Category Archives: Authors – Debbie Mumford
get to know Debbie Mumford
Dani Erickson is a hereditary demon hunter. The seventh child of a seventh child, she was born to battle the nasty monsters she sees infesting her small Colorado town. With the help of her best friend Allie and her sensei Wick, she’s getting into fighting trim — just in time for her first day of high school.
I hope you’ll enjoy meeting Dani. She and I have some interesting commonalities. We’re both the youngest kids of large families, and both the only girls! However, I only have FIVE older brothers, so no extraordinary demon fighting skills for me *lol* Not to mention that I’m lots more like Allie than I am like Dani. I totally fell for the “act like a girl! We’ve got enough boys in this family” admonition, so it’s been fun watching Dani rebel
I’ve really enjoyed imagining Dani’s world in these two stories, but boy is she going to get in lots of trouble in the novel I have planned. Watch out Dani! The demons are out to get you … literally.
It’s here: DRAGONS’ FLIGHT
In this second volume of the Sorcha’s Children series, shifter siblings Brandubh and Morag take flight. Brandubh travels to King Leofric’s court to discover if his destiny lies in the human realm, but his visit is marred by the news that dragons have destroyed a human village. King Leofric charges the dragon-shifter with seeking out and subduing the renegades, but the stakes increase when Brandubh meets a fascinating female dragon … who considers humans vermin to be exterminated.
Meanwhile, Morag shows no interest in life among the humans, preferring to live life on the wing. But can she convince the male dragon of her choice that she is the bond mate he has been waiting for? Only time will tell if these dragons will succeed in mating flights.
This is the book I never thought I’d get to write. I was contracted for it with my former publisher, but Sorcha’s Heart and Dragons’ Choice sold so poorly for that press that we decided not to pursue the last two books *sigh* Who would’ve guessed that the series would take off when I Indie published on Amazon? Here’s hoping Dragons’ Flight sells as well as–or better than!–Dragons’ Choice!
Limited Time Offer: I have a 20% off coupon going at Smashwords – now until April 1st!
Coupon Code: FG45K
It’s here: DEMON DAZE
Dani’s family is unusual. She’s the youngest–and only girl–of seven. Being the lone female, her family would like her to be all girly and sweet like her best friend Allie. But Dani is a tomboy born and bred, and on her fourteenth birthday she discovers why.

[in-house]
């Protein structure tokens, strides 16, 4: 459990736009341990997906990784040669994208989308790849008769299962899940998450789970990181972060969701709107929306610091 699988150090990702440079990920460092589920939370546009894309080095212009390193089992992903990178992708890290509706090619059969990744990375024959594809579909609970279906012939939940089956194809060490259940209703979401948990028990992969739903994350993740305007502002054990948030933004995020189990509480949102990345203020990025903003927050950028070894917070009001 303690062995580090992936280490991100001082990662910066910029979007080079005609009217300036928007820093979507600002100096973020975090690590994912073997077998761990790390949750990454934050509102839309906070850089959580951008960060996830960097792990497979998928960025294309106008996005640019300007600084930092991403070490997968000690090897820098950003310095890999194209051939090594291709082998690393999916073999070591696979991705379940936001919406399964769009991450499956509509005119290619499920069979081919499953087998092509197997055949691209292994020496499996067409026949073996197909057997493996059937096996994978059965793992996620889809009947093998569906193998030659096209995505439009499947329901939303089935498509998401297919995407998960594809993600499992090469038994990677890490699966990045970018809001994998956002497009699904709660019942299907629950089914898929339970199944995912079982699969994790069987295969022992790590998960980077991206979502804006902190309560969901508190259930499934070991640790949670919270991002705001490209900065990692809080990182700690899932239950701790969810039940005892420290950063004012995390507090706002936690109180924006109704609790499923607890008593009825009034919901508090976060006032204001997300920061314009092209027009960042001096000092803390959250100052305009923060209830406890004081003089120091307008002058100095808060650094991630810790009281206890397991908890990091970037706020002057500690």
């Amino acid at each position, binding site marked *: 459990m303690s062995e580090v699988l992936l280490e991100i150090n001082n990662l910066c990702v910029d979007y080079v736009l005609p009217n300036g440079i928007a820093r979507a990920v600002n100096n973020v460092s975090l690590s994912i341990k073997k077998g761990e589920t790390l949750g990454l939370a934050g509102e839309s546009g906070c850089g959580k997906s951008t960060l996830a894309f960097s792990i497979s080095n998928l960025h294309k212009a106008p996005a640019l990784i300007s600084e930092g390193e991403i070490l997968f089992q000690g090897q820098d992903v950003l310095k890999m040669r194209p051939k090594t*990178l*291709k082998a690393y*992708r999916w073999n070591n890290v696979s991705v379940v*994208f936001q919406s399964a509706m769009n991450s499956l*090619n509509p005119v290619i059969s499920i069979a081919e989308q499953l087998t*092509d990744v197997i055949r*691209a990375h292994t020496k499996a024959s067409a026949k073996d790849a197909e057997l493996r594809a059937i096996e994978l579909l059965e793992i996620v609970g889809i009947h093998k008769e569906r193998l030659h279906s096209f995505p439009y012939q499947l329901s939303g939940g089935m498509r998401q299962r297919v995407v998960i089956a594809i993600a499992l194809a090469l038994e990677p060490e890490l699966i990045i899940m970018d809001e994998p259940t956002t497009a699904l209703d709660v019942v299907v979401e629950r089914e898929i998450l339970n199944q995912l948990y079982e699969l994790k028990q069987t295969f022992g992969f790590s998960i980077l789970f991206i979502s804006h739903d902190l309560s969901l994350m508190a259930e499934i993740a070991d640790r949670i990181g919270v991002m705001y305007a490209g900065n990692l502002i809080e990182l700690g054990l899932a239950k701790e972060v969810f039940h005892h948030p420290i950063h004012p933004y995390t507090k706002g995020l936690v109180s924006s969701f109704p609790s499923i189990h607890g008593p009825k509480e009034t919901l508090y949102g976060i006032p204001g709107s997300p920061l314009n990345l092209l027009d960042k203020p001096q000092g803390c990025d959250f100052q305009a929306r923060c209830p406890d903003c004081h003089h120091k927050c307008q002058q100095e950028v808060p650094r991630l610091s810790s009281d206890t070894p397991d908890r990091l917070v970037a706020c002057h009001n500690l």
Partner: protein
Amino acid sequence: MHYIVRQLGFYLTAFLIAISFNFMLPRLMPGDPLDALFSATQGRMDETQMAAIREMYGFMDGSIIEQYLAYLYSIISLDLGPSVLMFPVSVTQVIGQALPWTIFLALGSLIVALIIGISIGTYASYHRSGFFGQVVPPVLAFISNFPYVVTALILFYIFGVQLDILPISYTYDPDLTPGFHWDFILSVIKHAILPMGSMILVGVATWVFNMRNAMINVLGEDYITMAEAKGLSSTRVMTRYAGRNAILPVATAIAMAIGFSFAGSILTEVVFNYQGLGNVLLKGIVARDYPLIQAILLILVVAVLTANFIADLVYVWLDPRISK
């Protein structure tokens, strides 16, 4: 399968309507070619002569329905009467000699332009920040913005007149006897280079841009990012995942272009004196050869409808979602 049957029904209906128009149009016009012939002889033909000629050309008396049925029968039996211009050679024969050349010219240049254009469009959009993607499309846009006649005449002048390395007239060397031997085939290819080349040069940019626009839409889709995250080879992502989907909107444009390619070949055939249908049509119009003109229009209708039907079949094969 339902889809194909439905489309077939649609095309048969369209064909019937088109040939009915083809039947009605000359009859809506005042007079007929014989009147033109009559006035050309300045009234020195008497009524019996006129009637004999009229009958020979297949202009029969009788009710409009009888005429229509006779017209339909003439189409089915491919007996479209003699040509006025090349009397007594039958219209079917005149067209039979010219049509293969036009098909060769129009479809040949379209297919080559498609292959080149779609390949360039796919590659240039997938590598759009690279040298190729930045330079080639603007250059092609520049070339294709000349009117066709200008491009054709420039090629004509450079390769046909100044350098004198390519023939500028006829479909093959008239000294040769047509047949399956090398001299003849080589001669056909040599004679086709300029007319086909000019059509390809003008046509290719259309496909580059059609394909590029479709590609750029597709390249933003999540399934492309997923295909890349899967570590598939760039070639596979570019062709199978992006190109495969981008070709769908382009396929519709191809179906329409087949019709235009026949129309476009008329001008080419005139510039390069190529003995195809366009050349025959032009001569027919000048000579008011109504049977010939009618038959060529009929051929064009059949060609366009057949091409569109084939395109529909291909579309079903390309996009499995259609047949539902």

Life is about to get decidedly strange!
I’ve been having a terrible time deciding where to start my latest Deb Logan novel. Should I begin with Dani’s discovery that she’s a demon hunter? Or should I start with an action-packed battle sequence … one where she obviously already knows who and what she it?
DEMON DAZE solved the dilemma! This short story tells of Dani’s advent: her discovery that she’s not a too-tall, gawky imitation of her very feminine best friend, but exactly who and what she needs to be
Now, as my father used to say, “Let’s get on with the fighting!”
I’m a firm believer in goal setting for my writing. How can you know whether or not you’ve arrived if you don’t have a destination in mind? Consequently, the final week of every year is devoted to reviewing last year’s goals and setting new ones for the coming year.
I’m always over ambitious, and for some, that would be a downer, but not for me. I mean, why be safe and set goals I won’t have to stretch for? I figure if I don’t aim high, I’ll never know if I can soar. I didn’t meet all of my 2012 goals, but I met enough that I’m very pleased with my progress. 2012 has been a very good year. I expect 2013 to be even better!
This year, I’ve discovered a new guide to my goal planning. Dean Wesley Smith is doing a blog series on getting ready for the new year. He starts with a retrospective of publishing changes in 2012 and then moves into goal planning, so be sure to look at the first three posts that he references. I’m currently taking an online class from Dean and learning a ton about publishing and my own strengths and deficits, so taking his advice is a foregone conclusion for me at the moment.
For 2013 I’m planning to follow Heinlein’s Rules as closely as I can:
- You must WRITE.
- You must FINISH what you write.
- You must NOT REWRITE unless to editorial demand. (That means an editor who’s paying you, not one you hire. Fixing typos / mistakes is acceptable.)
- You must put your work on the MARKET.
- You must LEAVE your work on the market.
I’m also setting a word-count goal: 3,000 words/week for 50 weeks, totaling 150,000 words for the year. Dean suggested 250,000 words for the year, but 150,000 will be enough of a stretch for me! That’s NEW words, by the way. He’s not counting revision and editing work (which I shouldn’t be doing since it violates Rule #3), nor time spent on covers and layout and publishing work.
So, depending on how my year works out, I should have a new novel and quite a few short stories, or perhaps two new novels by the end of 2013!
Onward and Upward!!
I’m cheating a bit this week and giving you a modified version of a post from my personal blog. It’s important to me, and will hopefully be informative for you.